300 Years of Capability Brown

I’m working steadily on a piece of embroidery for the Embroiderers’ Guild partnership with the Landscape Institute, National Trust and English Heritage who are celebrating 300 years since the birth of noted landscape gardener, Lancelot ‘Capability’ Brown, 1716 – 2016. Work will be shown all around the country at various stately homes, gardens and Knitting and Stitching Shows. I’ve chosen to exhibit at Stansted Park and at such a public venue I want it to be worthy of inclusion, so I’m taking my time.

Living on the Isle of Wight, I chose to base my work on Appuldurcombe House where Capability was called in by Sir Richard Worsely in 1779 to redesign the gardens or rather the landscape. Nothing remains of the plans, but 19th century travelers tell us it included some of his notable features, a gothic ruin – Cooks Castle, an obelisk, a ha-ha to keep out the cattle, without disturbing the view, and groves of noble beech trees indispersed with oaks. Usually water is a prominent feature of his gardens, but this proved difficult at Appuldurcombe. Eventually, in the 1830’s a circular basin with fountain was added.

All I have to show you at the moment is this sample. I am experimenting with a new technique, discovered in Wendy Dolan’s Layer, Paint and Stitch where pieces of different sorts of white and cream fabric, including scrim and lace, are layered to create a new surface before being painted. I have taken a motif from the ornate Freemantle Gate that welcomes visitors from Godshill to incorporate into the design.  I have experimented with stitching it and have also made a print block to stamp the design. The central feature will be in the shape of the Isle of Wight and worked on rug canvas, with stitch and applied felt and fabric.

Capabil blog


Home IV: Looking Through

This piece of work is a continuation of my Home series of embroideries and represents my 10 years in Leicester. Although I had a good job, good friends and met my husband there, it was always going to be transitory; too far from the sea, too grey and too noisy. The canal towpath was often the destination of Sunday walks. This bridge takes cars roaring over to Fosse Park, the out of town shopping ‘destination’, scarring the landscape as much as any graffiti, litter or barbed wire along the path.  The bridge is the gateway between the urban and natural environments, yet in reality the two intermingle and the noise of traffic is ubiquitous. At the time of photographing and planning this piece, my mother-in-law was in the hospice and lots of my photographs related to pylons, ‘danger of death’ triangles and barbed wire cutting into posts, trees and benches. In stitching the piece, some months later, time has healed the anger and my relationship with Leicester is now more of a sense of sorrow.  The ‘sorry’ graffiti was genuine, although artistic license has situated in the centre of the piece.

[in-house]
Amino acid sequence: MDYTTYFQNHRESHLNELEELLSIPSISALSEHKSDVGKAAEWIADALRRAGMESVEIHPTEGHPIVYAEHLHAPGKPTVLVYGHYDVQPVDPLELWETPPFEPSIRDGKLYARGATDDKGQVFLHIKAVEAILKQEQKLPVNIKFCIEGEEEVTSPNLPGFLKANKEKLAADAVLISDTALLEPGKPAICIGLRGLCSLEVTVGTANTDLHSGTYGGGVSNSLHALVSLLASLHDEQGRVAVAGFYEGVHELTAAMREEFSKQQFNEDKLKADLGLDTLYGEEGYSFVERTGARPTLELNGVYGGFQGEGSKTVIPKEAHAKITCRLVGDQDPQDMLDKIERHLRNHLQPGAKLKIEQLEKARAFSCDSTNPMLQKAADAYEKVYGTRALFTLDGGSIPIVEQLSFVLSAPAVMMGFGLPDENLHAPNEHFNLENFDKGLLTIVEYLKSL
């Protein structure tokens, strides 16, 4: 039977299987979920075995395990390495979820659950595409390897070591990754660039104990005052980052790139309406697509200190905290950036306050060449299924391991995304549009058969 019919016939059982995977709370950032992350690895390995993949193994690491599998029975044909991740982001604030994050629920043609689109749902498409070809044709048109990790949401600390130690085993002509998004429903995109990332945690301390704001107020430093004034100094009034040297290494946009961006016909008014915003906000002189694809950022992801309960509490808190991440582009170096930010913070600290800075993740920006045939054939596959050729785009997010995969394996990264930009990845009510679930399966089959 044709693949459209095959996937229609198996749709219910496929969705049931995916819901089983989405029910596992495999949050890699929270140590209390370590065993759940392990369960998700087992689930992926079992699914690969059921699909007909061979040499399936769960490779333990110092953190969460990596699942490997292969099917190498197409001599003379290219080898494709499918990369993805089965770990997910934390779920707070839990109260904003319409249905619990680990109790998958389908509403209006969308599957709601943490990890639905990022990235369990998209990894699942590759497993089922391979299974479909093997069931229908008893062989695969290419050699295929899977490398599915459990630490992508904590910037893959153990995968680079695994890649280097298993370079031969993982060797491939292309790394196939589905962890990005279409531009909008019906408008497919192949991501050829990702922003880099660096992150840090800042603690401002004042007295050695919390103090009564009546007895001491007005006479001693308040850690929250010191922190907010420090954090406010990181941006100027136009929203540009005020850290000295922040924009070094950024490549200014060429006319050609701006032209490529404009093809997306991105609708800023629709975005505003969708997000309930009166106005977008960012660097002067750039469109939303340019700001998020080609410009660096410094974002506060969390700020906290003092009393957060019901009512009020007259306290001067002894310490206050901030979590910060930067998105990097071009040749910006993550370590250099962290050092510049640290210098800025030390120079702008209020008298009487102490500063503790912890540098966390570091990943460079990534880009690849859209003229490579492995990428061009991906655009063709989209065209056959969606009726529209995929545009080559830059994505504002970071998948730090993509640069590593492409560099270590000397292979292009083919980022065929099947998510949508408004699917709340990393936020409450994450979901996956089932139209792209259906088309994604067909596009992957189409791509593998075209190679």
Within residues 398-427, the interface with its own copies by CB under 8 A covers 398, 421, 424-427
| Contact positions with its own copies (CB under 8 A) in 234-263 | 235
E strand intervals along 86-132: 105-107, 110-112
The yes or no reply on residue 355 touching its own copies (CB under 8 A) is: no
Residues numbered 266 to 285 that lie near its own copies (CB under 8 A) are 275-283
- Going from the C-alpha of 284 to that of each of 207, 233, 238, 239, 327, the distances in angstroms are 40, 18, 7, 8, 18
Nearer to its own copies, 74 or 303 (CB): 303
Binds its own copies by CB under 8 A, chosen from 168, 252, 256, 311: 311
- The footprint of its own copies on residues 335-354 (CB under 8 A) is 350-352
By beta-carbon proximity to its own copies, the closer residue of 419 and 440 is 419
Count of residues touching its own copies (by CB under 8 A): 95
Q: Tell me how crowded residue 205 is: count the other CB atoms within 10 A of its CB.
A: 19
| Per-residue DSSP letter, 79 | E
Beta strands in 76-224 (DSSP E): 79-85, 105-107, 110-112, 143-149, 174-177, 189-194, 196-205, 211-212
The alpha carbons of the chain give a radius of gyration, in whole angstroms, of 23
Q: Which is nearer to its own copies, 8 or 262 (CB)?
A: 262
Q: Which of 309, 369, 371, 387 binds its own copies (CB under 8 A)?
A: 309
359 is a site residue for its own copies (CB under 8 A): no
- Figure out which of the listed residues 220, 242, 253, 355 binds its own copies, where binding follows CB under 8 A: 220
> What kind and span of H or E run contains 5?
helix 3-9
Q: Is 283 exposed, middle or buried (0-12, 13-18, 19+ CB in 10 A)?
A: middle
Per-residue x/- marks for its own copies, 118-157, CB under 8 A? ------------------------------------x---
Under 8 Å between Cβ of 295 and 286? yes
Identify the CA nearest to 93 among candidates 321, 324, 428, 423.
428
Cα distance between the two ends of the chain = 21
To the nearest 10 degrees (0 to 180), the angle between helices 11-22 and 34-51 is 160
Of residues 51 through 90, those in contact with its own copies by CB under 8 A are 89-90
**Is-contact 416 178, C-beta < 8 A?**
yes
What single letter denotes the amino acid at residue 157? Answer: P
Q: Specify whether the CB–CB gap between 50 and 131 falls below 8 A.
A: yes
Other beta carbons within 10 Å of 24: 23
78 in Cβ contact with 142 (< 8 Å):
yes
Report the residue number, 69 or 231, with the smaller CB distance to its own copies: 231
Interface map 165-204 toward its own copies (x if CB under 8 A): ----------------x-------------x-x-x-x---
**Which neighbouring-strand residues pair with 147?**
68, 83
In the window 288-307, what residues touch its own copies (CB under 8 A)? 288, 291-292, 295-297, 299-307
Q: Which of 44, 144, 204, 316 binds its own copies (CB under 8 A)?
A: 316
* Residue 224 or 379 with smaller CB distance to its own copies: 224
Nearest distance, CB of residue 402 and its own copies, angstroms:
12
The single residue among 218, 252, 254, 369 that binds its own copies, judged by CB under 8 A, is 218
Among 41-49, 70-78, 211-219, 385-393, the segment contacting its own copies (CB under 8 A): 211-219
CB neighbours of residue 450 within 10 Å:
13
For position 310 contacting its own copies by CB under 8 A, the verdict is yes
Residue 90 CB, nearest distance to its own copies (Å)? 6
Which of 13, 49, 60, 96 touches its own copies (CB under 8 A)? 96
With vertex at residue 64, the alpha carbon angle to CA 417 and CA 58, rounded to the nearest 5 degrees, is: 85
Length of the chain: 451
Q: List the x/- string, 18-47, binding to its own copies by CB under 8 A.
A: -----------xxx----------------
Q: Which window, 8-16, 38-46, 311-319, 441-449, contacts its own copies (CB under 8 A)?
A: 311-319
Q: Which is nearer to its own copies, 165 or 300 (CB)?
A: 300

Worked on canvas, I incorporate canvas work stitches, applique and hand and machine-wrapped cords. I am particularly fond of the barbed wire around the edge – machine wrapped cords over wire. The graffiti gave me the opportunity to use embroidery floss on a smaller count canvas. This seems to be becoming my style and I like it.

I have decided to enter this into the Embroiderers’ Guild members challenge, ‘Looking Through’ although I am uncertain as to whether it will be accepted as the finished piece may be considered too deep for the brief. What is this uniformity all about? A certain depth so they can all be displayed together nicely! Anyway… lesson learned – check the brief next time!

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